The importance of reading has been well documented, both by scientists who study this sort of thing and the writers who are able to articulate our thoughts so well. Mark Twain is often quoted as claiming, “The man who does not read good books has no advantage over the man who can’t read.” Garrison Keillor insists, “A book is a gift you can open again and again.” And the voice of our childhoods, Dr. Seuss himself, wrote in I Can Read With My Eyes Shut!, “The more you read, the more things you will know. The more you learn, the more places you’ll go.”
If you don’t make time for reading in your life, there are lots of great reasons to start, from the scientifically proven to the sensible to the soul pleasing. Here are 22 reasons why you should read every day.
1. It’s highly entertaining
TV shows are fun to watch, and going to the movies or a play can also be good, but for quiet entertainment any time of day, it’s tough to beat getting lost in a book. Plus, books can do things that shows, movies, and plays can’t do as well, like creating scenes full of surrealism or physically impossible imagery. (Yes, even with recent advancements in CGI technology.) What’s more, with a good book, you’re not dependent on a schedule or streaming availability — just pick it up whenever you’re ready and start reading.
2. You’ll probably learn something new
Reading nonfiction can enlighten you about people, places, and things you probably never knew about, but if you want to learn something from a book, you’re certainly not relegated to the nonfiction stacks. Fiction can also teach you about far off places, historical time periods, and all sorts of histories. No matter what you pick up to read, you practically guarantee yourself an education in some way, shape, or form.
3. You gain more awareness of the world around you
Living in a small town can be a lot like living in an echo chamber, but living in a big city also comes with its provincial trappings. Whether you read fiction or nonfiction, reading on a regular basis makes you acutely aware that there’s a world beyond your back door, and that it’s populated with people of different stripes.
4. You gain a better understanding of history
A book is like a time machine — or, if you’re a Dr. Who fan, reading a book is like having your own personal TARDIS. It can transport you to a totally different time and give you a unique window on both its geographical and cultural landscapes. Nonfiction histories are an obvious choice for learning more about the past, but historical fiction can also teach you quite a bit about specific time periods and what people were like then.
5. You’ll develop better concentration and focus
It’s no secret that there are lots of things vying for our attention, and as a result, many of us (adults and children) often exhibit ADHD-like symptoms. It’s hard to concentrate on just one thing! Reading every day can help with that, though. When you read, you’ve got to concentrate on the words in front of you; read while distracted, and you won’t pick up on the subtle nuances of the story you’re trying to digest. When you haven’t read for a while, trying to focus on a book can be difficult. However, when you read every day, you train your brain to concentrate on the words and focus on the essential details — a skill that most definitely spills over into every other aspect of your life.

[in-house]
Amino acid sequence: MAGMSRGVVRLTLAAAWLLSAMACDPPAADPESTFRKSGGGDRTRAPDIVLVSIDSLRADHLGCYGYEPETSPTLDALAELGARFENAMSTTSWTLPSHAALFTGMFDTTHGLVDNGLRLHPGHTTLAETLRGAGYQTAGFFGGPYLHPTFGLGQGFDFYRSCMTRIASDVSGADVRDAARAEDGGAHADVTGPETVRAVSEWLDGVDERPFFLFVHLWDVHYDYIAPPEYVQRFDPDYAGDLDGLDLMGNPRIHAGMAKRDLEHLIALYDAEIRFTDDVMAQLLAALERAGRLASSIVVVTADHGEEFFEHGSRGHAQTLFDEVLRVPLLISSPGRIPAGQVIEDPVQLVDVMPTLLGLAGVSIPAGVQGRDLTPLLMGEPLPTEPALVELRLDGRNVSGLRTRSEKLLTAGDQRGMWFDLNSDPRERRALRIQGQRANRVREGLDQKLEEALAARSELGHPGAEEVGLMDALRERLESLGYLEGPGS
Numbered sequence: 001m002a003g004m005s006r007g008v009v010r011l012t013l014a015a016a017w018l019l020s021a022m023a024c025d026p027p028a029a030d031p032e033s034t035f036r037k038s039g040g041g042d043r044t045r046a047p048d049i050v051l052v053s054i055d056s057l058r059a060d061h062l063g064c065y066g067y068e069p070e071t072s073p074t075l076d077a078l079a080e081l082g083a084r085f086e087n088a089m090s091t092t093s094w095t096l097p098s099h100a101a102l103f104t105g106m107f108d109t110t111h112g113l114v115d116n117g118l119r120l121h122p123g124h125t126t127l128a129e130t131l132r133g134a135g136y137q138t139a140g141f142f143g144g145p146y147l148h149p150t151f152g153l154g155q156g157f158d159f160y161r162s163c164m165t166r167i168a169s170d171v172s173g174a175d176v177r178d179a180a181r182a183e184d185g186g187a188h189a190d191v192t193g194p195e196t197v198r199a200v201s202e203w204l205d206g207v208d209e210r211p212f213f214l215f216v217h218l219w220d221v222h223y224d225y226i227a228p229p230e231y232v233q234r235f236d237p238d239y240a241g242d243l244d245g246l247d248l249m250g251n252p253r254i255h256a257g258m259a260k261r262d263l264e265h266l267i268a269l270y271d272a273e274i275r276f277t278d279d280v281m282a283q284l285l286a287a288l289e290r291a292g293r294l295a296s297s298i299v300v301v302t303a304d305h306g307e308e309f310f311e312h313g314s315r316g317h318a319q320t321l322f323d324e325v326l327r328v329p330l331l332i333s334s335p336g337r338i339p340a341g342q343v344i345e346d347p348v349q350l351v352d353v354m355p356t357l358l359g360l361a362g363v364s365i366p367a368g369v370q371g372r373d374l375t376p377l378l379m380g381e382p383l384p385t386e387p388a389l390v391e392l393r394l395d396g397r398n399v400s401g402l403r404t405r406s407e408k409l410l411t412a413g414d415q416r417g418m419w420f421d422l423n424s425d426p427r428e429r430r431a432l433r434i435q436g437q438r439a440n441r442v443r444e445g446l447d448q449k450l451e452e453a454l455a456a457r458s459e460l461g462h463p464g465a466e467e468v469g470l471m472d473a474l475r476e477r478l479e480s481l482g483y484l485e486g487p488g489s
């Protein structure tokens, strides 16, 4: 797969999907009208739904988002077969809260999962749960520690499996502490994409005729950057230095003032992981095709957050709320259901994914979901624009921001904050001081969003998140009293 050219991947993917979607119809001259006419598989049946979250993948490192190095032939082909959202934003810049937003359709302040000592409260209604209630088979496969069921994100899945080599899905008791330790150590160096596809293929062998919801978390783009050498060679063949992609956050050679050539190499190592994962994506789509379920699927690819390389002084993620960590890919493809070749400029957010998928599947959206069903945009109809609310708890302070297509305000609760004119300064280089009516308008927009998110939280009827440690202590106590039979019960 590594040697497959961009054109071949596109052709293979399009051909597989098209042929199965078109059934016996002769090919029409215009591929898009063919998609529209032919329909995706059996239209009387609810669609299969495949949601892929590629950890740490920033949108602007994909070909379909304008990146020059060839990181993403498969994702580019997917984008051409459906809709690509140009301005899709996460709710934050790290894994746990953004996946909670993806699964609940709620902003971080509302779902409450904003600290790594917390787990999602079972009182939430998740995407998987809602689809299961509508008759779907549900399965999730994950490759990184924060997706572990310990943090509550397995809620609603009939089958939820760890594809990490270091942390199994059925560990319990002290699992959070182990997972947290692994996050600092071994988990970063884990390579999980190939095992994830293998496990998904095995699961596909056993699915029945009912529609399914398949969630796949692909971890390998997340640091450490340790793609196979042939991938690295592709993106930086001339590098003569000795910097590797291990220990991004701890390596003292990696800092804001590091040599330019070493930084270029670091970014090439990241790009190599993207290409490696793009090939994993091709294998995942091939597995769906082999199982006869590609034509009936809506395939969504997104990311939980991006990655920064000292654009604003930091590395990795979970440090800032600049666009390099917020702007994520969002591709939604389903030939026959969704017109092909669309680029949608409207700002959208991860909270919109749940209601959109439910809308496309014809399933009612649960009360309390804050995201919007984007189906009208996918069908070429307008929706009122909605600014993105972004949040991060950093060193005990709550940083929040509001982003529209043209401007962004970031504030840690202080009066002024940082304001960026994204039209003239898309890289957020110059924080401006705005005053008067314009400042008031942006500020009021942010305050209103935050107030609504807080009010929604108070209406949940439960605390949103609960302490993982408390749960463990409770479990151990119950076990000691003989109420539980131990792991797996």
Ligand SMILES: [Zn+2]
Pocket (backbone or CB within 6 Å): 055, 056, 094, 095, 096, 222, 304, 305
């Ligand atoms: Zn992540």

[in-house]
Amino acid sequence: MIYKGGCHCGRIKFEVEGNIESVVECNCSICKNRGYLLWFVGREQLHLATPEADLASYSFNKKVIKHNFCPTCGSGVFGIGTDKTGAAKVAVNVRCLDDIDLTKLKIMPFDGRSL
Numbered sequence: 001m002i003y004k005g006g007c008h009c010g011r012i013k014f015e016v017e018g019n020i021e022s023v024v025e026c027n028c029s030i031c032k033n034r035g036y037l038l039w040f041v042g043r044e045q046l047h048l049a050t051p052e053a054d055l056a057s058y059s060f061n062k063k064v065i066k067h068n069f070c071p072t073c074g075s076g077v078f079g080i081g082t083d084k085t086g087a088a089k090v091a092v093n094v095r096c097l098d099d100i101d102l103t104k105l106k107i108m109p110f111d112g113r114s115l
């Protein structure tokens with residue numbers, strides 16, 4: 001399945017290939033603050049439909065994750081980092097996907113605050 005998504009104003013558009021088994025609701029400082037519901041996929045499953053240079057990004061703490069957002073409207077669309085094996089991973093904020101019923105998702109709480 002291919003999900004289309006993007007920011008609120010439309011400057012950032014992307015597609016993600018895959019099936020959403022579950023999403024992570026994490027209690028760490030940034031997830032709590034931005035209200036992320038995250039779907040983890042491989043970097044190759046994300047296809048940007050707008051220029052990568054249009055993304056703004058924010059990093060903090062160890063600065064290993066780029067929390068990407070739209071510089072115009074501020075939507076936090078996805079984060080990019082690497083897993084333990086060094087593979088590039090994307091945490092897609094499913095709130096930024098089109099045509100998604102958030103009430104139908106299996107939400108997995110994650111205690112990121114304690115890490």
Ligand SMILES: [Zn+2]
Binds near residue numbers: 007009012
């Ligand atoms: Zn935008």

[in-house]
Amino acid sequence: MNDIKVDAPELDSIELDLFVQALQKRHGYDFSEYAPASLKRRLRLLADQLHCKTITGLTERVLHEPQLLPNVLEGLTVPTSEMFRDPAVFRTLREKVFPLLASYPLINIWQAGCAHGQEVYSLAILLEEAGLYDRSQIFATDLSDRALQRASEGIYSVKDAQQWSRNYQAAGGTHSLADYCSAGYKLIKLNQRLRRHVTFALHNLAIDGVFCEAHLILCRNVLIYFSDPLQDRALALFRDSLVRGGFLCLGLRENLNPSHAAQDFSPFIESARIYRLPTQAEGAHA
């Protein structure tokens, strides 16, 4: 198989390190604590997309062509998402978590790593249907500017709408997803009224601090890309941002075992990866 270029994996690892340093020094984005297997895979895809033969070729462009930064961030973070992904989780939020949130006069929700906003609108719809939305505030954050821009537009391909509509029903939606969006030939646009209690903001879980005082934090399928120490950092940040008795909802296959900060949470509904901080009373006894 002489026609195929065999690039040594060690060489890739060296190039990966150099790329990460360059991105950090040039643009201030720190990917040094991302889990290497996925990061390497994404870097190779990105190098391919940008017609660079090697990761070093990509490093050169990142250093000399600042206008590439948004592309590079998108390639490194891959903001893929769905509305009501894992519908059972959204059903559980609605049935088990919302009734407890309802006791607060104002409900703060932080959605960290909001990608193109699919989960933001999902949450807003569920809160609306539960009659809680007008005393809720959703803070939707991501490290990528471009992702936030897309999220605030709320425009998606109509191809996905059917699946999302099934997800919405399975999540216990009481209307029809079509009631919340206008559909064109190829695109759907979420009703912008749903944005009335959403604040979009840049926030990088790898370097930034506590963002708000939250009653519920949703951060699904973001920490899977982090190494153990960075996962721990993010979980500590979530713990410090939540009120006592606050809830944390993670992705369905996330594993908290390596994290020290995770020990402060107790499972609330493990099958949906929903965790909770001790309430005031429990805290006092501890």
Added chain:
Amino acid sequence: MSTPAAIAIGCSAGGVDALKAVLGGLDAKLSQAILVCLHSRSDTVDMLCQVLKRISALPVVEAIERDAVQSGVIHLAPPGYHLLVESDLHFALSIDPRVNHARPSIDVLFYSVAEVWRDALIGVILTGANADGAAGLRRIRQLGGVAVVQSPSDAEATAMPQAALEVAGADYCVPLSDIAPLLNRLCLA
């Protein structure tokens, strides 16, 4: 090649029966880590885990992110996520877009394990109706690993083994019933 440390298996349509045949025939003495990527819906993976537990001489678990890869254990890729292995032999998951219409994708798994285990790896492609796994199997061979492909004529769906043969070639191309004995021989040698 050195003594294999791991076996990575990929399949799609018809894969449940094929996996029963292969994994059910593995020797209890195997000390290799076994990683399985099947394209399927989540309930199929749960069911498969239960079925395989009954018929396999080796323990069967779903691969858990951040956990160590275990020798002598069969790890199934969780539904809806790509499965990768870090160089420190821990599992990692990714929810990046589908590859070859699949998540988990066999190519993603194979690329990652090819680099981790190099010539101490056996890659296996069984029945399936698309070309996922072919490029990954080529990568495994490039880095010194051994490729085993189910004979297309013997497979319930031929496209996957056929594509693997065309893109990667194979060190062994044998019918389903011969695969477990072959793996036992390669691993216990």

6. It’s a great way to calm down
Because reading is a quiet and individual activity, it’s a great way to calm down after a long and crazy day. You’ve got to sit, or at least stand still, when you read; it’s not an activity you can really do while driving a car or running around. And while there are lots of arguments about our modern day sedentary lifestyle, reading is one sedentary activity that actually has some benefits.
7. It helps to reduce stress
Not only can reading calm you, but it can actually reduce your stress levels and promote better overall health. A 2008 study at the University of Sussex in Brighton, England found that reading was one of the best ways to reduce stress. On average, it reduced subjects’ stress levels by 68% — more than listening to music, taking a walk, or sitting down to have a cup of tea.
8. It can reduce loneliness and depression
We all fight feelings of loneliness from time to time, and those feelings can often lead to depression, but reading is a viable way to help us deal with those difficult emotions. And, unlike the medications that are often prescribed for depression, reading has no side effects. Ultimately, reading reminds us that we’re not alone. Perhaps the late author David Foster Wallace said it best: “Fiction is one of the few experiences where loneliness can be both confronted and relieved.”
9. It makes you a more empathetic person
This is especially the case for reading fiction: it helps you understand the motivations of others and shapes your personality so that you are more understanding. There’s lots of scientific evidence to corroborate this claim: a 2013 article in Scientific American , for example, showed that subjects who regularly read literary fiction demonstrated a much larger capacity for empathy. Bottom line? If you want to better understand others’ points of view, read novels, and read often.
10. It helps you express your feelings
Taking off from the previous point, when you’re better able to empathize and understand the feelings of others, it’s likely that you become better able to express your own feelings. Again, this mostly comes from reading literary fiction on a very regular basis (like every day).